June 14, 2015
June 14, 2015
June 17, 2015
Engineering Physics & Physics
26.1335.1 - 26.1335.10
In recent years, gamification of education has proven to be an effective paradigm in modern pedagology. Following the success of the author’s previous work with "Sector Vector”(citation for last ASEE), they now present a new interactive game based laboratory to highlight the basic manipulation and calculation of resistors in circuits. The power of disguising the lesson in a game based exercise is discussed in this paper. In Resistance is Futile the lesson of basic resistor combinations is delivered in a game based exercise in which a circuit continually evolves. As the game progresses students are forced to make short and long term plans to modify an evolving circuit which meets primary and secondary objectives (such as total resistance). They are forced to make on the fly calculations of resistor combinations in each turn of the game. Students are also exposed to the creation of a modular circuit which does not always conform to a standard view as might be expected in textbook examples. Together, in an interactive fashion, they must evaluate and analyze a potentially complex overall circuit diagram. Results of student engagement and concept retention have been shown to increase due to the dynamic environment and competitive nature established in the gaming environment. In this paper, we will discuss both the concept of the lab-‐based game itself, as well as the pedagogical implications of the implementation of this gaming medium versus the traditional resistor combination laboratory exercise.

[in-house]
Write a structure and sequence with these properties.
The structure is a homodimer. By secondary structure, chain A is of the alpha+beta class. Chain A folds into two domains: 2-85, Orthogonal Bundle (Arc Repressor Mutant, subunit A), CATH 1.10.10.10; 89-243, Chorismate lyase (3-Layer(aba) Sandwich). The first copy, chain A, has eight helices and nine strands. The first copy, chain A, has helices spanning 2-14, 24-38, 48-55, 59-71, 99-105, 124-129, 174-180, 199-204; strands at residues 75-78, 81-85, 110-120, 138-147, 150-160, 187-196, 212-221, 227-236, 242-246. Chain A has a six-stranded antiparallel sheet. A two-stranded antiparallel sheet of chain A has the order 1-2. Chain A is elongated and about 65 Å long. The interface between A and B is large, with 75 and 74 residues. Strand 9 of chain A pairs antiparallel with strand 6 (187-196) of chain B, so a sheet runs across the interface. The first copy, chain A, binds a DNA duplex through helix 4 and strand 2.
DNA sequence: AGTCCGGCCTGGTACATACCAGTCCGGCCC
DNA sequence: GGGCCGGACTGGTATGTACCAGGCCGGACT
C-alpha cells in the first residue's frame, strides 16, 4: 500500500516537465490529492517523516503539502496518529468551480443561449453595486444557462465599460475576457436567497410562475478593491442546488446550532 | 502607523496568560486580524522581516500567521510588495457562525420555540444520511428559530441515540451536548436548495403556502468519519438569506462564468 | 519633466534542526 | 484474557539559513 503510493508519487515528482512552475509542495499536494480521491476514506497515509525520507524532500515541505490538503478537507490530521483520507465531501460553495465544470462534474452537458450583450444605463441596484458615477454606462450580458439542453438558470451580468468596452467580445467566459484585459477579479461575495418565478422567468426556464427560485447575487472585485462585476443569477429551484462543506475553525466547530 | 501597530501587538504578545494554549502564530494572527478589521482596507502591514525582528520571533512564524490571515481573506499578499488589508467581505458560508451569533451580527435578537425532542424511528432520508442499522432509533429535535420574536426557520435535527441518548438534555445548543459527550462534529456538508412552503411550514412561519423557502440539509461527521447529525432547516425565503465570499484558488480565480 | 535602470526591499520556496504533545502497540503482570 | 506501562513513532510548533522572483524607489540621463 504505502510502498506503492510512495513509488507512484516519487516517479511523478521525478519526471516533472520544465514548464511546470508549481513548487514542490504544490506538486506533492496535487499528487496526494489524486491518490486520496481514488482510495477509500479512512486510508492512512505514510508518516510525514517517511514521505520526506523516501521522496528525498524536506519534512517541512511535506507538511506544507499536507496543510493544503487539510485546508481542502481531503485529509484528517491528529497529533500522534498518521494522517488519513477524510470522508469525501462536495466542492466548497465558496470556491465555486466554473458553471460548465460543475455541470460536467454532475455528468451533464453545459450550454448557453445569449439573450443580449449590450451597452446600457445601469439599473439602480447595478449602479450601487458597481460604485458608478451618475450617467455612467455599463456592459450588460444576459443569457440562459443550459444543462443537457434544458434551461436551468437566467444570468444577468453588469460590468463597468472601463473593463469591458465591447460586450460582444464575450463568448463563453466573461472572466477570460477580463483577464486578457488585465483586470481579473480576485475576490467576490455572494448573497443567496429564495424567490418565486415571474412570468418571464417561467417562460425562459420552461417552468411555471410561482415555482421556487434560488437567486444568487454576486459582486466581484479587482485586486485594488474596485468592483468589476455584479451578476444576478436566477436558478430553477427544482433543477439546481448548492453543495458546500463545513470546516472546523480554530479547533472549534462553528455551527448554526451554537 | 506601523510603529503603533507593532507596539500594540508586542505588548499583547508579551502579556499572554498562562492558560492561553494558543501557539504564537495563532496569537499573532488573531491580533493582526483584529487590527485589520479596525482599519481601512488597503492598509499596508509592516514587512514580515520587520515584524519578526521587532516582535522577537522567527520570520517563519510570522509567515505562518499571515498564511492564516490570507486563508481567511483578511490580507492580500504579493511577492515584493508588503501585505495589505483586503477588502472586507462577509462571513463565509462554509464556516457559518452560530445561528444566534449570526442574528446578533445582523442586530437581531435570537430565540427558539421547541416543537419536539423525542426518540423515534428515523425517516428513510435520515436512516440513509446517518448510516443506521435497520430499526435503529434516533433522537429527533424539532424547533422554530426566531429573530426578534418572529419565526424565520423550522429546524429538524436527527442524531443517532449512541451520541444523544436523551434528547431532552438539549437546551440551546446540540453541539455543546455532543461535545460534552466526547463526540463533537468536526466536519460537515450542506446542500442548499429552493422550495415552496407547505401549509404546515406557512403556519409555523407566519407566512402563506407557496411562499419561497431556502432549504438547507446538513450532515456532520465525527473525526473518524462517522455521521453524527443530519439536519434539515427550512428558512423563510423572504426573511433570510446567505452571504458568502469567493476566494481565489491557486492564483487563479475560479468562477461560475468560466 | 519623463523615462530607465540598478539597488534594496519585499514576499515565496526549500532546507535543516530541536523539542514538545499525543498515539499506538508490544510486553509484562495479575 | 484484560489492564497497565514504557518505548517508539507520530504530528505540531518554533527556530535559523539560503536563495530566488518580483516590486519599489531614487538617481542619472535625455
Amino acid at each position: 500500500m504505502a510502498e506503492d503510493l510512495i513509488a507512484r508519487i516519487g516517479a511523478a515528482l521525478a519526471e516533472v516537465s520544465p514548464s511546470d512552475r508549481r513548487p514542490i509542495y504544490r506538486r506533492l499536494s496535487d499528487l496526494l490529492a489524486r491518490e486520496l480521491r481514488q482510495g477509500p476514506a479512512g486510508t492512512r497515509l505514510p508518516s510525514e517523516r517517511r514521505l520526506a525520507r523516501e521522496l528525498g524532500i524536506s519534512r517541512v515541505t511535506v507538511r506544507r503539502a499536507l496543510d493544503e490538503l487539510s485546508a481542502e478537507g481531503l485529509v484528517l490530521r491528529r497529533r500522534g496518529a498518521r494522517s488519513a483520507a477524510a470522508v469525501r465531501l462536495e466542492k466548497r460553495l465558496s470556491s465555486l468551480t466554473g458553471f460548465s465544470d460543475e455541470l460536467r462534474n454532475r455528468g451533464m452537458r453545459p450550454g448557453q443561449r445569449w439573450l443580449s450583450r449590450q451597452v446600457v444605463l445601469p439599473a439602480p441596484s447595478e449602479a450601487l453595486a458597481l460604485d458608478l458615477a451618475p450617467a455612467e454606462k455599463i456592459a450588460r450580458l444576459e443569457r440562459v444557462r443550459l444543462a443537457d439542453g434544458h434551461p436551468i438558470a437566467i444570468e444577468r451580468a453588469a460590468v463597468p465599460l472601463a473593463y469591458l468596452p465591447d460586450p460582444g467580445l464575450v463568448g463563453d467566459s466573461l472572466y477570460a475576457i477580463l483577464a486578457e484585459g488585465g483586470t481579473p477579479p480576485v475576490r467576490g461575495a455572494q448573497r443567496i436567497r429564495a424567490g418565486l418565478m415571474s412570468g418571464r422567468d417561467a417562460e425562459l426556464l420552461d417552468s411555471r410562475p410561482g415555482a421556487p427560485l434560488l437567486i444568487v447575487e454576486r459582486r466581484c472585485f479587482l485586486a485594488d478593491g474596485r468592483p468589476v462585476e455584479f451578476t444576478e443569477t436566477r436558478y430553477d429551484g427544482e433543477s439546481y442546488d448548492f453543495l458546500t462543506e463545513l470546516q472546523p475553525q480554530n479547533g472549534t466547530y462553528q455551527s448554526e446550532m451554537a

O'Brien, J. G., & Sirokman, G., & Rueckert, F. J., & Cascio, D. (2015, June), Resistance is Futile: A New Collaborative Laboratory Game-based Lab to Teach Basic Circuit Concepts Paper presented at 2015 ASEE Annual Conference & Exposition, Seattle, Washington. 10.18260/p.24672
ASEE holds the copyright on this document. It may be read by the public free of charge. Authors may archive their work on personal websites or in institutional repositories with the following citation: © 2015 American Society for Engineering Education. Other scholars may excerpt or quote from these materials with the same citation. When excerpting or quoting from Conference Proceedings, authors should, in addition to noting the ASEE copyright, list all the original authors and their institutions and name the host city of the conference. - Last updated April 1, 2015